8. Ugh, I can totally relate to this. Whenever NaNoWriMo is going I'm usually able to put aside my inner editor, but when I don't have the deadline looming ahead of me, I get so picky about everything I write. I'm trying to train myself to be in the mindset of NaNo whenever I work on a first draft, not just in November. 🙂

  9. Great blog!! I do it two-fold I guess you could say. I read over and change a bit here and there daily, but I save the BIG changes for when the first draft is done. Now, if I realize a scene isn't working, I'll examine and do my best to make it right, but sometimes after I finish the story the scene clicks and my “aha!” moment comes along. Oh, and after betas, I often find myself re-writing chunks of story to smooth scenes or murder them all together with somethign new. So, yeah, it's a process for me.

  10. I'm a perfectionist, so until I have each chapter in some semblance of order, I don't move on. However, I don't get stuck thinking I can't move on if every i isn't dotted or every t crossed. Takes the fun out of things if I stay too long on one chapter anyway.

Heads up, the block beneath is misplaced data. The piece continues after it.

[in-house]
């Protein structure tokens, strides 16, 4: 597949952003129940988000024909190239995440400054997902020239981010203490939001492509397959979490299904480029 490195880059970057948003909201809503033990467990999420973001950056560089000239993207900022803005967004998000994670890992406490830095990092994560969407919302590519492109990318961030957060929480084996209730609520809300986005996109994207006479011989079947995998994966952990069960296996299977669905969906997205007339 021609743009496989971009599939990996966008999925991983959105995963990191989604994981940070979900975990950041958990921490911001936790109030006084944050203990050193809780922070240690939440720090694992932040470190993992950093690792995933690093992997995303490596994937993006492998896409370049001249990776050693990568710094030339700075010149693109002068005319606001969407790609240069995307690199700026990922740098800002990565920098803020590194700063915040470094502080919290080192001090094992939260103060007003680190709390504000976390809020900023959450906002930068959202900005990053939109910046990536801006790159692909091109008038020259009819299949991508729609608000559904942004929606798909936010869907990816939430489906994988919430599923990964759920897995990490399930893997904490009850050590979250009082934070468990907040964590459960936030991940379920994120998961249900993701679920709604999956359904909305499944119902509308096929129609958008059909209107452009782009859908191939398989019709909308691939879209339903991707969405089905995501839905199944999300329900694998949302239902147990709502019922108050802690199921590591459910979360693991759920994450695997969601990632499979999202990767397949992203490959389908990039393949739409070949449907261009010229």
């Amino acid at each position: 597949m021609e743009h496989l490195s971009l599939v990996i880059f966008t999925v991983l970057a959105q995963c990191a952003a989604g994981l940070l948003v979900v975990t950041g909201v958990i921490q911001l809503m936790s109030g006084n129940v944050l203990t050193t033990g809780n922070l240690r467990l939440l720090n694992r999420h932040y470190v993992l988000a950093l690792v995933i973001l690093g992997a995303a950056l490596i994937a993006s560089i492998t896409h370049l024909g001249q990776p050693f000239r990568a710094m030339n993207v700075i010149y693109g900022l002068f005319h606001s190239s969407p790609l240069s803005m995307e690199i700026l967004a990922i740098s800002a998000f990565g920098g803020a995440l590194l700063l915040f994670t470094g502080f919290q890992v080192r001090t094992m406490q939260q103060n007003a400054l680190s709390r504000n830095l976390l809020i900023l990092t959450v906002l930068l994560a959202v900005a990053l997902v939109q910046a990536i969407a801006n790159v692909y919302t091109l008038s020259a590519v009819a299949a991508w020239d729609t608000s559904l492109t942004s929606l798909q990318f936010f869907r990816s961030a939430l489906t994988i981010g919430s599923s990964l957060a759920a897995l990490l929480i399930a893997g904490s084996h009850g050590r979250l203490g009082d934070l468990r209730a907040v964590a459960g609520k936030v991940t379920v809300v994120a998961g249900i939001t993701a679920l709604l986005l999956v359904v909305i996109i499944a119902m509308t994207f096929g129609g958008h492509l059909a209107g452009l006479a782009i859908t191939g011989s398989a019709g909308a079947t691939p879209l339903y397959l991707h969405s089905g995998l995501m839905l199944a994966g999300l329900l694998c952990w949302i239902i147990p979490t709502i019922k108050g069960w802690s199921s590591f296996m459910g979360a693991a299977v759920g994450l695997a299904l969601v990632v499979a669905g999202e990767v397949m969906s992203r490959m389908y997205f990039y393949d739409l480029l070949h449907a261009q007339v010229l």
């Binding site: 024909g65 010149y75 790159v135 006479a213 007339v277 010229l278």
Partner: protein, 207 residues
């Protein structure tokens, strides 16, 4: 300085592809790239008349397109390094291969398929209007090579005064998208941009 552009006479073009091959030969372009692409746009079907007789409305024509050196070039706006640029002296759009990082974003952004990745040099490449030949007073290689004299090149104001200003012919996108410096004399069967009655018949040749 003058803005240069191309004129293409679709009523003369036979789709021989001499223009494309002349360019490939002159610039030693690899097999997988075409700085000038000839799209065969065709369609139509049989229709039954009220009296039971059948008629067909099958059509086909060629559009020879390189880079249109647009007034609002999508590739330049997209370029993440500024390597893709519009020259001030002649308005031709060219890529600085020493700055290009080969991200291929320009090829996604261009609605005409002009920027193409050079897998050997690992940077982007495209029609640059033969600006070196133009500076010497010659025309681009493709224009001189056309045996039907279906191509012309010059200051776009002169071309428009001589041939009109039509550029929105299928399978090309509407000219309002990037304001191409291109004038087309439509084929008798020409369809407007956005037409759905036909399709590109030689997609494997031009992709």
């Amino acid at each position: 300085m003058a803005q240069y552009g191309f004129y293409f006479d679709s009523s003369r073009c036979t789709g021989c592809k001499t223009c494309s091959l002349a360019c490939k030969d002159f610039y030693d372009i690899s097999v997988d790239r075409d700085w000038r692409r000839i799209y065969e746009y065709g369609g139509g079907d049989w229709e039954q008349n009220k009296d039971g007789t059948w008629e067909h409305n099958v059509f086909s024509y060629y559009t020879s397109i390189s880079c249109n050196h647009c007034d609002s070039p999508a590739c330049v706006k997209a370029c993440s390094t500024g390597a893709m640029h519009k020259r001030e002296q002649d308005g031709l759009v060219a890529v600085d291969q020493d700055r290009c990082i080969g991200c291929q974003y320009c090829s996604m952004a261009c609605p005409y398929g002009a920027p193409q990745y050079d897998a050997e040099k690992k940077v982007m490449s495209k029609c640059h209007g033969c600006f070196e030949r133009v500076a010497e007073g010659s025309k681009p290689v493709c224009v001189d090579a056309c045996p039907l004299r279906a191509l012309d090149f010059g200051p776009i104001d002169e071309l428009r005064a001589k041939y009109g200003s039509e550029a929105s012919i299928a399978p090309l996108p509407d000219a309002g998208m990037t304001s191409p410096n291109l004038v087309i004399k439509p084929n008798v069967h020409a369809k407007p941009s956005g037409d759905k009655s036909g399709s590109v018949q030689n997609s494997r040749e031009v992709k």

11. I definitely edit as I write. It's my way of staying on track—if I'm reading over what I just got down and tweaking the things I didn't like, then continuing on, I know my head's in the same place as it was when I was writing initially. It helps me keep flow, and I'll notice faster if I'm veering in a weird direction that isn't going to help the story. =)

  12. I'd never seen the Cormier quote before and I love it. I can totally relate to what you are saying here. When I started my current MS, I couldn't get anywhere because I kept editing obsessively. Finally I forced myself to just keep writing and worry about the editing later, and now I'm almost done with the first draft. I know I have tons of editing to do, but it really feels like this was the right course of action for me. Great post!